The 2010 U.S. Dietary Guidelines for Americans recommend that people get a maximum of 2,300 mg of sodium from their diets daily. If you are in a "special population" -- in this instance, all persons over age 50 and African Americans over age 2 -- it is recommended that you cap your dietary sodium at 1,500 mg daily.
The intent would be to reduce blood 2 Day Diet
Pills pressure because high blood pressure poses
health risks. Too many people are hypertensive plus some groups,
especially older people and African-Americans, are in greater
risk than the others, and there is evidence that reducing sodium
intake can help lower blood pressure. (I resent that more than 50
is considered "older," but that's another topic.)
Of course, no person with average skills, and very few health care professionals, can picture exactly what a diet that has 1,500 mg of sodium appears like. Put another way, if you checked in to the hospital, and your doctor prescribed a typical low-sodium diet, it had been traditionally 2,000 mg of sodium each day.
This 2010 recommendation takes it 25% lower and applies it to every one over age 50 living in free society and all sorts of African-Americans over age 2. Follow these recommendations and you've had your last condiment, your last meal inside a restaurant, and the last bowl of your mom's chicken soup, no matter what she said hello would cure. Sorry, Mom.
Currently, most of us do eat an excessive amount of salt. We obtain about 3,600 mg daily -- more if you eat out a lot as restaurant food is often salty -- so we aren't even meeting the 2,300-mg recommendation. Expecting consumers to further remove it to 1,500 mg/day is probably unrealistic. My patients live in real life, so that as a clinician I need to meet them there and speak with them about what is realistic for them.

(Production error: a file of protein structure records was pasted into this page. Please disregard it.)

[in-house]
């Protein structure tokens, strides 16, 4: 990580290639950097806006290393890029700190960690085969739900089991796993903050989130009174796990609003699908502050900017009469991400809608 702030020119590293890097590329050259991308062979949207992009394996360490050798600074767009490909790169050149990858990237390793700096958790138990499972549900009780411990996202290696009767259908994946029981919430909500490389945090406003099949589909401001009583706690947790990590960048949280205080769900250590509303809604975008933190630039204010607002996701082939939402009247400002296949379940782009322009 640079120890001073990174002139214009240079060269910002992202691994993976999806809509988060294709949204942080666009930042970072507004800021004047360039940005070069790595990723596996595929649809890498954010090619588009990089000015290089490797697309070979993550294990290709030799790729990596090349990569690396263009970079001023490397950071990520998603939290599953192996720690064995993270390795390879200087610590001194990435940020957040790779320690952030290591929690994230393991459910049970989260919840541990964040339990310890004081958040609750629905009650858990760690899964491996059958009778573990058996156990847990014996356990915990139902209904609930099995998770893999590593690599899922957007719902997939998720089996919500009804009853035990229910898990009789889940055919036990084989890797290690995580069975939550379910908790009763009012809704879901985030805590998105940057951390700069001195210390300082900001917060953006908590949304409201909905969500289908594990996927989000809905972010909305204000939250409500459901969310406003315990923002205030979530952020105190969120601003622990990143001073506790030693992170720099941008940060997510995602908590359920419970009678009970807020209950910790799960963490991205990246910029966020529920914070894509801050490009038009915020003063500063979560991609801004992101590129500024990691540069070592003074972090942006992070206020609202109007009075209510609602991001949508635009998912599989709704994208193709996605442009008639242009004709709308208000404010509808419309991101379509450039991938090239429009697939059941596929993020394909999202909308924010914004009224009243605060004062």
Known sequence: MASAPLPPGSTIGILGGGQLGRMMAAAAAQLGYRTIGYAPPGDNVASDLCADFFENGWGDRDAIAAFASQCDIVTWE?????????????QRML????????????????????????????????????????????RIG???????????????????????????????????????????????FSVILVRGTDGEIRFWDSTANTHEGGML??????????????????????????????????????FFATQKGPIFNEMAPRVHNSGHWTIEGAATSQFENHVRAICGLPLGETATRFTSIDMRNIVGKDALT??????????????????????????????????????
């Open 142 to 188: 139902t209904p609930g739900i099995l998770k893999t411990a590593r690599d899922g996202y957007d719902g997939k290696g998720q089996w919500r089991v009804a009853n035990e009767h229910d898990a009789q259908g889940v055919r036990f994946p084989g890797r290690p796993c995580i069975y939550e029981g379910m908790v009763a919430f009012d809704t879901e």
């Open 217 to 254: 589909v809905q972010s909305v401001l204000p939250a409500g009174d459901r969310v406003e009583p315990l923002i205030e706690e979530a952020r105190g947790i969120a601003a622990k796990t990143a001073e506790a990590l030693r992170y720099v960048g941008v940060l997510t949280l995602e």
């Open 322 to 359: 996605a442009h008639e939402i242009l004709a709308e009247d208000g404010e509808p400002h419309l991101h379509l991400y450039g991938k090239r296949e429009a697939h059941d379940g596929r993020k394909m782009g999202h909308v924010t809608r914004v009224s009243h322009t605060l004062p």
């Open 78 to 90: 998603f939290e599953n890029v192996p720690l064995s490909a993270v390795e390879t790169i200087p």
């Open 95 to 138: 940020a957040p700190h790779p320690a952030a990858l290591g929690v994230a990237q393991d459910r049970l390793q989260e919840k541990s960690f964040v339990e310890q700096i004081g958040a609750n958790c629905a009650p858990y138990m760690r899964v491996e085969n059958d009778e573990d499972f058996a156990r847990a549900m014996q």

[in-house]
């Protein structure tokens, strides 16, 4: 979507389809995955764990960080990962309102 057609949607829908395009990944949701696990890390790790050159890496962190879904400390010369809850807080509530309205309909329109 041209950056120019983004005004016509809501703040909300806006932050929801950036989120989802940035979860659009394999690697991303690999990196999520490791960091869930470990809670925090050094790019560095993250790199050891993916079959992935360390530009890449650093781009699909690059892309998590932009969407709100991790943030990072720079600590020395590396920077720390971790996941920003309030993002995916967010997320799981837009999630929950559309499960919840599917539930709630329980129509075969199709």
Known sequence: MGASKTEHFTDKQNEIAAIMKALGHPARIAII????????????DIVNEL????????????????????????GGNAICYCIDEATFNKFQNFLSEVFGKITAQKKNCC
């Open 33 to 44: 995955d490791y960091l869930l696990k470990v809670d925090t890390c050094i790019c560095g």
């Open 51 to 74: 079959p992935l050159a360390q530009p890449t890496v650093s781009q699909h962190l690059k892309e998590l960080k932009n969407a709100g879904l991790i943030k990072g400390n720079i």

Few are even salt-sensitive. Their blood pressures may not increase much until salt intake gets extremely high, so reductions below a particular level may not help many people. Perhaps a better strategy is to focus on interventions that may have a better impact not just on blood pressure, but on other measures of health quality -- which is much more acceptable to many people.
I really like the DASH diet. It means "Dietary Methods to Stop Hypertension" and concentrates on an average reduction to two,300 mg of sodium (you can come down but not necessary), with lots of vegetables and fruit (about 4 cups daily) and three servings of low-fat and fat-free dairy products. It has been widely proven to lower blood pressure level as well or much better than drugs in persons with mild hypertension. And all you have to do is eat more fruits, vegetables, and low-fat dairy. It is the one diet the feds endorse. To be certain, just eating more fruits, vegetables, and low-fat dairy foods, especially between meals, would probably lower dietary sodium just by pushing out saltier snack foods.
Putting on weight can increase blood pressure level, too, and two-thirds of us are obese or overweight. When we lose excess weight -- simply 5% to 10% of bodyweight -- and got back to having more fruits and vegetables and low-fat yogurt and milk every day, it would probably have more impact than pressing our dietary sodium less than "hospital" thresholds. And also, since these are very underconsumed recommended food groups, aiming within this direction would fill a lot of dietary gaps as well.
One more thing that will drop blood pressure like a bomb: moving more. Seriously, regular exercise, and regular walking counts here. It has a tendency to dilate blood vessels minimizing blood pressure with time.
Making these dietary and activity changes -- which are pretty commonly recommended anyway, for all around health and wellness -- could possibly do more to reduce our nation's blood pressure than expecting millions of individuals to gravitate for an extremely low consumption of sodium.
Now, this really is anecdotal, but place it in to the group of "What are the odds?" Two close family members, not genetically related, along with a very close friend, happen to be relayed through different cardiologists to consume more salt. Their blood pressures were too low.
One cardiologist even got specific about 2 Day Diet Japan Lingzhi recommendations: a glass of salted vegetable juice along with a bowl of soup every day. Another offered a choice: eat more salt or get medication to increase this person's blood pressure.
Perhaps this can be a coincidence, but maybe we should reassess this recommendation for such a low intake of sodium for so many people, particularly when there are more -- and much tastier and more enjoyable -- methods to change your diet and lifestyle, perhaps with better still results.